Saturday, November 04, 2006

Why Prop. 86 (and all other tax increases) are Bullshit... 

Way back in the long-ago of 1978, Californians had a little tax revolt. They passed Proposition 13, which basically guaranteed that homeowners would not be screwed over by the state whenever it needed to suck up money to fund its mistakes.

But... there's an interesting side-benefit of that Proposition, which is still the law of the land. I give you the California Constitution, Article 13A, as passsed by the voters in 1978 and, to date, unamended:
Section 3. From and after the effective date of this article, any changes in state taxes enacted for the purpose of increasing revenues collected pursuant thereto whether by increased rates or changes in methods of computation must be imposed by an Act passed by not less than two-thirds of all members elected to each of the two houses of the Legislature, except that no new ad valorem taxes on real property, or sales or transaction taxes on the sales of real property may be imposed. [emphasis added]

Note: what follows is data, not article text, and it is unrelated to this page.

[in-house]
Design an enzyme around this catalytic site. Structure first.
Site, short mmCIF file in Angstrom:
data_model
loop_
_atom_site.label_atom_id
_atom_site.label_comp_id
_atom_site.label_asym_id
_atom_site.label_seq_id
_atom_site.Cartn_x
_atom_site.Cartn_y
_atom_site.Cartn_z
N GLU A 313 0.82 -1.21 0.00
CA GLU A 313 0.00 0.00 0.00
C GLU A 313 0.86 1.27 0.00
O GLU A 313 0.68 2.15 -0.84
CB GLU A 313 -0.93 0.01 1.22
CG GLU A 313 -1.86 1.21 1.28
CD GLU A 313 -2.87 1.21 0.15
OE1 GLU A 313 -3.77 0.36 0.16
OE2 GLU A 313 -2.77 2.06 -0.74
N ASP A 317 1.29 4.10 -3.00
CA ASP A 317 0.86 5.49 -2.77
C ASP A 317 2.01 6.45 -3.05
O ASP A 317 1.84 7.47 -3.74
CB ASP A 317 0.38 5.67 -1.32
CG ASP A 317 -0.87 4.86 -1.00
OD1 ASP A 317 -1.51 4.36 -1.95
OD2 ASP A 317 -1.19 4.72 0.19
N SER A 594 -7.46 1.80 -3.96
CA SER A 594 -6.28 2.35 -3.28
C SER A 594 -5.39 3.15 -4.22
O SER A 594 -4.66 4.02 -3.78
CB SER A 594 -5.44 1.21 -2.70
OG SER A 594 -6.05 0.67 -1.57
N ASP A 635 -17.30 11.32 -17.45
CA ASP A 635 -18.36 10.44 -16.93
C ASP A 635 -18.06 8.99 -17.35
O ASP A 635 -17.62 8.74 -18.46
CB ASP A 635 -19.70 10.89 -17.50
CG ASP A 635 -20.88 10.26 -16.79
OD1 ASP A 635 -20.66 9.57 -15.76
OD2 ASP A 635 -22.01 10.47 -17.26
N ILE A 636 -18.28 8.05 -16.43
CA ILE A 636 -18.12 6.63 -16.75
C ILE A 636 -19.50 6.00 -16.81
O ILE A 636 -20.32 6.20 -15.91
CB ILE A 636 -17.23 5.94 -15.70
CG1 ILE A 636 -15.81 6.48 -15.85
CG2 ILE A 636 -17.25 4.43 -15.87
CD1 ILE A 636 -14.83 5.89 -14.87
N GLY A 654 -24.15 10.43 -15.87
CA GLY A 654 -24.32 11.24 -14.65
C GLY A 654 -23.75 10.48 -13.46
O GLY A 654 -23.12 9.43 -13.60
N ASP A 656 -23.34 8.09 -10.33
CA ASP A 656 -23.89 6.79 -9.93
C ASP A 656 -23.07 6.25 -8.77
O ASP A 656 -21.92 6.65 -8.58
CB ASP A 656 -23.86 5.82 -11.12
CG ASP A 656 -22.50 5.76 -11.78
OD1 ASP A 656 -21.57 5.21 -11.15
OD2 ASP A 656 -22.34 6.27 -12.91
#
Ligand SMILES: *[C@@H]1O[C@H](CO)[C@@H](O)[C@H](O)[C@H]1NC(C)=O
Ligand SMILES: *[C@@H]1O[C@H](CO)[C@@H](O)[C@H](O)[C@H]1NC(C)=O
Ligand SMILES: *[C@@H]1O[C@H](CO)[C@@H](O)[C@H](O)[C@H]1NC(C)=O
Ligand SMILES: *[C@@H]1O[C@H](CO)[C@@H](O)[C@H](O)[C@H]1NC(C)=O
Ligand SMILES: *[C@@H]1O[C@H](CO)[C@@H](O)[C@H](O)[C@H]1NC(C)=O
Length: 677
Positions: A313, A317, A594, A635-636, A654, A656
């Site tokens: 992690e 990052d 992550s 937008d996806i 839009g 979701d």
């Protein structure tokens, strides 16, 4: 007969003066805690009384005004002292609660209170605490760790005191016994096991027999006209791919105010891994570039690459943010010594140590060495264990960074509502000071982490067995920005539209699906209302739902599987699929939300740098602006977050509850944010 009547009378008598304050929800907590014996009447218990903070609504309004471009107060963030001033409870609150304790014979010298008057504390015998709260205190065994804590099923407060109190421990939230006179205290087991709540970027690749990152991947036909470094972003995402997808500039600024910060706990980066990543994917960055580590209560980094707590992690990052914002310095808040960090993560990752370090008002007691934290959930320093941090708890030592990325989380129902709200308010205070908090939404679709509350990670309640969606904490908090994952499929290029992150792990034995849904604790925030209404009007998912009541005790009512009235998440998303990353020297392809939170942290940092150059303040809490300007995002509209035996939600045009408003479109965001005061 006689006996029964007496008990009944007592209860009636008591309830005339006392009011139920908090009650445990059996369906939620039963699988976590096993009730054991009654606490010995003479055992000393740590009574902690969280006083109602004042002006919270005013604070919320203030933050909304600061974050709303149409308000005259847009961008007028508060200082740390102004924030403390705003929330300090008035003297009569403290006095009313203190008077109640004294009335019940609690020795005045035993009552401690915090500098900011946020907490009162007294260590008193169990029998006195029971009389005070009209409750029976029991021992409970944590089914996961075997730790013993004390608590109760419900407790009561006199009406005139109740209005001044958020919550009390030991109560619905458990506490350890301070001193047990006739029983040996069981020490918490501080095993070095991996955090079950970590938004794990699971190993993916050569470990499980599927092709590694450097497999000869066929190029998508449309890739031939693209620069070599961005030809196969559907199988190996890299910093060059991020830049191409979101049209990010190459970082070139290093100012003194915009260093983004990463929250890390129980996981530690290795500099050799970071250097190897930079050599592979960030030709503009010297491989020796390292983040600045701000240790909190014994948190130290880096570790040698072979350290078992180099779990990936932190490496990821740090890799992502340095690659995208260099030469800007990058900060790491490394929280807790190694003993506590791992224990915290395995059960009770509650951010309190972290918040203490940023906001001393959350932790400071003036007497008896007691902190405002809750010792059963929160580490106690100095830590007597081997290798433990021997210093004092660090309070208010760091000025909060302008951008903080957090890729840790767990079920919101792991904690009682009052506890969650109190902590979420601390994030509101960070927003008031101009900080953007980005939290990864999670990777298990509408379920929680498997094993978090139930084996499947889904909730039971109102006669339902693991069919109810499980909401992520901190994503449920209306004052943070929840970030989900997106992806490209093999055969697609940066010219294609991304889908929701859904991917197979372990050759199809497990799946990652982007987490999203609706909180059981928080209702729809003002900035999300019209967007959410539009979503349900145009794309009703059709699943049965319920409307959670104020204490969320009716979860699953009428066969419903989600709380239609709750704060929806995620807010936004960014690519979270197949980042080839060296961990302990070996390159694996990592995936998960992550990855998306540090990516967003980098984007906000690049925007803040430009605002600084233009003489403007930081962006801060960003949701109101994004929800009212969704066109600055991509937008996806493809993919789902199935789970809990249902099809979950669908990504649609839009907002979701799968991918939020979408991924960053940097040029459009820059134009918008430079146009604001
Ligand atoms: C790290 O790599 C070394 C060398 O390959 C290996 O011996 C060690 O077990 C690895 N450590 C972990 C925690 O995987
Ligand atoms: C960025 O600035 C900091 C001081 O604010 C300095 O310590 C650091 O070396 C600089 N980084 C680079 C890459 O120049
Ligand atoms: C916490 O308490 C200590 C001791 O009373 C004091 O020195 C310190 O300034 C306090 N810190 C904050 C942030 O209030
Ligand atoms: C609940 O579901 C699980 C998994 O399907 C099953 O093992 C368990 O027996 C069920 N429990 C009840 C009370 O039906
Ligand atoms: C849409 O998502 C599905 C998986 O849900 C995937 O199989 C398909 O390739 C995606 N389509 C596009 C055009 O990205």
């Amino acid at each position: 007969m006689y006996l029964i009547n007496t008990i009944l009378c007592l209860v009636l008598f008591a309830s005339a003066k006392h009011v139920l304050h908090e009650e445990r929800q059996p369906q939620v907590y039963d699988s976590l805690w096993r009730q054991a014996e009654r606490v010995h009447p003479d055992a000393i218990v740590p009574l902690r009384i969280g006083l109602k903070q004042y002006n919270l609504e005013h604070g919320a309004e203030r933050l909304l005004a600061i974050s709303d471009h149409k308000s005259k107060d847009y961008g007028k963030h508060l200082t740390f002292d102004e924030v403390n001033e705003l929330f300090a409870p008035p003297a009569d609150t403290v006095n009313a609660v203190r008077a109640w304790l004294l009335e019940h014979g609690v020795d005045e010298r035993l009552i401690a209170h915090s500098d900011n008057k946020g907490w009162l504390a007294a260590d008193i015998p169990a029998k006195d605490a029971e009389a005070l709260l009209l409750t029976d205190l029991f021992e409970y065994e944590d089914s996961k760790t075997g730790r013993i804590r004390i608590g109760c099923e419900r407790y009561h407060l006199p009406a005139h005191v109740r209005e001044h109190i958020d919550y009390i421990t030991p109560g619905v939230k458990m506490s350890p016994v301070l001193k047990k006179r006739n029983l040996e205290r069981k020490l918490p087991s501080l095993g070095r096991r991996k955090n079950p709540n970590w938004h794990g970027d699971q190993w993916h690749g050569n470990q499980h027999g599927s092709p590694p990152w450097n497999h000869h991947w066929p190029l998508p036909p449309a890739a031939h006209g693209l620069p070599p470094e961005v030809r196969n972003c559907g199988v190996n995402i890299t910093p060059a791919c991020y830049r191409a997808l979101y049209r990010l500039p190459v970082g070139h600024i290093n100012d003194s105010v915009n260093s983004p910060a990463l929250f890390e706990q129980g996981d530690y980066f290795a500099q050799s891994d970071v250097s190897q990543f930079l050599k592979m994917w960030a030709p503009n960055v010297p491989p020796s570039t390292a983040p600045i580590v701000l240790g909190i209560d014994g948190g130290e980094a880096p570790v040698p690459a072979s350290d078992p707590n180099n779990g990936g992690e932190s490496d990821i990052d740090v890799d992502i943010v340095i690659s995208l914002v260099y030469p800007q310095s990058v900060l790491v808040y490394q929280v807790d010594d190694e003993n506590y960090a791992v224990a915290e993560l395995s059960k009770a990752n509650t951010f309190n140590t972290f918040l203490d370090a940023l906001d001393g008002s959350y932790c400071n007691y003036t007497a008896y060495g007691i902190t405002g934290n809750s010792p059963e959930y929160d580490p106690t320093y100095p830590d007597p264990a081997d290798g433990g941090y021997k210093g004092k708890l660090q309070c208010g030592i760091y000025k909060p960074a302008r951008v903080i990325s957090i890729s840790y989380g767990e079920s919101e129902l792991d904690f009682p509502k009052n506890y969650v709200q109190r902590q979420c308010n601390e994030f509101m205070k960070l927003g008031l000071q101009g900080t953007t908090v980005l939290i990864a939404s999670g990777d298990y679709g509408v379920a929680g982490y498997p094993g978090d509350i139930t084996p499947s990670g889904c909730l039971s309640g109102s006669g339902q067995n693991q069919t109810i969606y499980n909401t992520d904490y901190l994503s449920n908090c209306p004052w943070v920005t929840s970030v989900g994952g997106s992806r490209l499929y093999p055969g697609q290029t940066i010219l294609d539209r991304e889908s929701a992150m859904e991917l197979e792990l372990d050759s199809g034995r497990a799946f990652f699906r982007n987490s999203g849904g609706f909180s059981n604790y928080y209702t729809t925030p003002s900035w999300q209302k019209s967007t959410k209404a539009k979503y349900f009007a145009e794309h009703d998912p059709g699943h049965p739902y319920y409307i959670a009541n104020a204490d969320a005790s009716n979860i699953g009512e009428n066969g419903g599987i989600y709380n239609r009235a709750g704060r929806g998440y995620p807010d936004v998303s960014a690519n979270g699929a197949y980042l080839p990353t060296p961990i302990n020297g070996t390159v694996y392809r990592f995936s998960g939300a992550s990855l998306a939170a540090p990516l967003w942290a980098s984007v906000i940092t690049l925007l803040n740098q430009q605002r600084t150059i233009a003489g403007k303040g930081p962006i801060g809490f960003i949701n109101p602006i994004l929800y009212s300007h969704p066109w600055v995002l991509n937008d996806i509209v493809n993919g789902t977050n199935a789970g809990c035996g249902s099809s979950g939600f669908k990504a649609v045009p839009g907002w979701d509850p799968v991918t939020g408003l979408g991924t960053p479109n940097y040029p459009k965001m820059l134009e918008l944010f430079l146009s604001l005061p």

Or, in other words, according to the California Constitution any tax increase can only be approved by a 2/3rds vote of the legislature, and no tax increase for any purpose whatsoever may be passed by a vote of the people.

Okay, maybe somewhat undemocratic, but the simple truth of it is this: any post-1978 tax increase in California that was only passed by simple majority of the electorate is, per the State Constitution, totally invalid. Period.

Meaning a few other things. First, Proposition 86 isn't even valid, and should not be on the ballot. Second, Previous sales tax increases that only passed by popular vote are invalid. Third, there are grounds here for a major class-action lawsuit. To wit -- the State of California owes a refund of all taxes paid under fraudulent initiatives to all residents or visitors to the state for nearly the last thirty years.

That's what the law says, in black and white, unrefutable. That's the law that your legislators and secretary of state have been ignoring.

And that's the law I'm going to point out to more than a few public interest groups when I call them up on Monday morning.

The law that all the proponents of Prop. 86 can go suck on right now.

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